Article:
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An accidental Fulcrum Strategy
Instead of creating a 3rd caucus in the Senate by electing independents, are we about to see the dream of the bipartisan/antipartisan movement come to fruition as a consequence of party dysfunction?
The 3rd party / independent / no labels / bipartisan / antipartisan politics crowd in has long advocated for combating the dysfunction of the Senate by creating a small but significant caucus separate from the Democrats and Republicans as a fulcrum to pull gravity away from edges and create new pathways to actually governing. Called lots of things over the years but most recently “The Fulcrum Strategy” by Unite America.
This morning, there is much speculation about what Senator Manchin is actually doing by pulling back from the table on Build Back Better. The only research I have seen on what actual people in West Virginia think about the BBB plan is this report from Data for Progress. From August and an admittedly small-ish sample (348 likely voters) but it reveals a strong majority (68%) in favor of the plan including support from more than half of Republicans surveyed. So while Sen. Manchin claims he can’t explain the bill at home, he clearly has other concerns in mind.
He may actually believe his stated concerns about inflation. He may believe his own rationale that somehow more social supports actually make us more vulnerable to new shocks. He may even be worried about the national debt. But he may actually just be more focused on the status of his unprecedented power. Never in his career has he had more, and he seems to believe that if he actually uses it in service of the people he represents, that he’ll lose it. That would be true if power were about attention, but is nonsense in a system of borrowed power where delivering for people leads to more trust, more confidence, and more support — especially when you already have the cultural power that comes from the out-sized attention from a conflict-centric media engine. And now, on the heels of his latest grand proclamation to solicit more attention and therefore more negotiation from the Biden Administration, the whisper narrative about him leaving the Democratic party is getting louder.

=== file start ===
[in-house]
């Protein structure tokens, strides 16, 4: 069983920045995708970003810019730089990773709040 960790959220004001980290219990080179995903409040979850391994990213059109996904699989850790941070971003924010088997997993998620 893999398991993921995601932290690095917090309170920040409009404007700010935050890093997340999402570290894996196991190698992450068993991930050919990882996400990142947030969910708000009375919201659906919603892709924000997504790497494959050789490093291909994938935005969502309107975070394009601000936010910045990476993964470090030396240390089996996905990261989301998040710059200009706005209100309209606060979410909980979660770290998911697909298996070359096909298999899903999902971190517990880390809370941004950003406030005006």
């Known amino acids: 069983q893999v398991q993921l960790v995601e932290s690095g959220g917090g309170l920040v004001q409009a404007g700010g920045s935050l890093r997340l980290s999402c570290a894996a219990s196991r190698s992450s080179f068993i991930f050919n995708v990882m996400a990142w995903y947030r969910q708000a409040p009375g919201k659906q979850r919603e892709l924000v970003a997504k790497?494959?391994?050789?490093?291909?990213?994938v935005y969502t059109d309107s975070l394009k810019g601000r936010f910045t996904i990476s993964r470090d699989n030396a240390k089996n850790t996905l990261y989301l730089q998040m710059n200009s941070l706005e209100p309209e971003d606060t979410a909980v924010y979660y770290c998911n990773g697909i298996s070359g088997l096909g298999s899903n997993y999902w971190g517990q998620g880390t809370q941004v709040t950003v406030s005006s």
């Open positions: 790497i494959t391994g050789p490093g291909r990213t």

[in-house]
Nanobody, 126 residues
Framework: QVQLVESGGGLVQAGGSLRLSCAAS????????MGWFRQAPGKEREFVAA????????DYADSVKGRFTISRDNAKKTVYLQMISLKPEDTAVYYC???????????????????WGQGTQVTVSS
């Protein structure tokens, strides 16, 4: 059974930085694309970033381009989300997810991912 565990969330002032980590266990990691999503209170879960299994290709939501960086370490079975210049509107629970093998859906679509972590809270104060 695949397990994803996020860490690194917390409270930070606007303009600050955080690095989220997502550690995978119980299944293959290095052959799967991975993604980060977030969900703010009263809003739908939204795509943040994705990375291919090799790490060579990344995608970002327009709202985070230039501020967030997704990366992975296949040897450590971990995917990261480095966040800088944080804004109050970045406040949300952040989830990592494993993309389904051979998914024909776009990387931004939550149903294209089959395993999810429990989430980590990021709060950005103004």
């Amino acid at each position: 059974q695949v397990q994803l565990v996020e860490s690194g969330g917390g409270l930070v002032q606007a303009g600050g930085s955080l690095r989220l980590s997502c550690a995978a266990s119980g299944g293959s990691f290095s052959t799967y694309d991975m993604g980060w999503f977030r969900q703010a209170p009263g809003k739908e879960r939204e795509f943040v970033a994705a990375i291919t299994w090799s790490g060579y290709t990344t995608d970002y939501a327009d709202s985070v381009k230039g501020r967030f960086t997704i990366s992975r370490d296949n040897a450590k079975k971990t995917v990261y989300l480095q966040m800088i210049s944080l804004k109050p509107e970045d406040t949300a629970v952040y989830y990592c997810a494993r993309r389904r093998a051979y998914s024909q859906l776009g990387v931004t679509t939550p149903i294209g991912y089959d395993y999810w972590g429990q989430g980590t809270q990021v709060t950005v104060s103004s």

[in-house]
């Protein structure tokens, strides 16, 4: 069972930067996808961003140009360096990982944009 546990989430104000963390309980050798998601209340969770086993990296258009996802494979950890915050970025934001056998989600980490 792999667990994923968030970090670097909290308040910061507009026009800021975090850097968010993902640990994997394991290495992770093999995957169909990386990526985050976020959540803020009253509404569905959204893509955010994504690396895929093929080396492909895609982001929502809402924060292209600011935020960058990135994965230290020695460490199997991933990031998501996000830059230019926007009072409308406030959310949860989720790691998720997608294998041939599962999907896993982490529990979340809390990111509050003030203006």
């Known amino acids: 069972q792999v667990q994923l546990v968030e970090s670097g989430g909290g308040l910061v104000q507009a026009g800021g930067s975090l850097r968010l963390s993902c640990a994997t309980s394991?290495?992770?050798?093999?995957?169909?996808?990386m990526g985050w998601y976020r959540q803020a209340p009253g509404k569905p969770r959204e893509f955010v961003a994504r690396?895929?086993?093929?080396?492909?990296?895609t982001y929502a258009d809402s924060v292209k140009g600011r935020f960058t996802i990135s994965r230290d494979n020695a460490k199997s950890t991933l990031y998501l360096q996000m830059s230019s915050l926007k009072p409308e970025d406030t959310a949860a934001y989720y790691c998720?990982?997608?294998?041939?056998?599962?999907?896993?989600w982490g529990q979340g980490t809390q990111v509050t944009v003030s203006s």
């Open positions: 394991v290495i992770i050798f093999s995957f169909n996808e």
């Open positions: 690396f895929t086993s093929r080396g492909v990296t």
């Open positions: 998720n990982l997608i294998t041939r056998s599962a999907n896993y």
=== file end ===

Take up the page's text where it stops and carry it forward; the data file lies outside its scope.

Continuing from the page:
If he does leave the party, he’ll more than likely become an independent. If he becomes an independent, there’s a non-zero chance Sen. Sinema follows suit. If Sens. Romney, Collins, and Murkowski — who have all been increasingly at odds with a GOP captive to President Trump — then renounce their tenuous party affiliation and all five start caucusing together, abracadabra: fulcrum without ever actually electing a third-party candidate. And with a semi-permanent position at the center of Senate politics, the five of them probably become the biggest advocates for eliminating the filibuster.
Mostly Monday morning speculation, and I’m not necessarily advocating for this as a good thing, but interesting to consider a world of three caucuses in a Senate with no filibuster.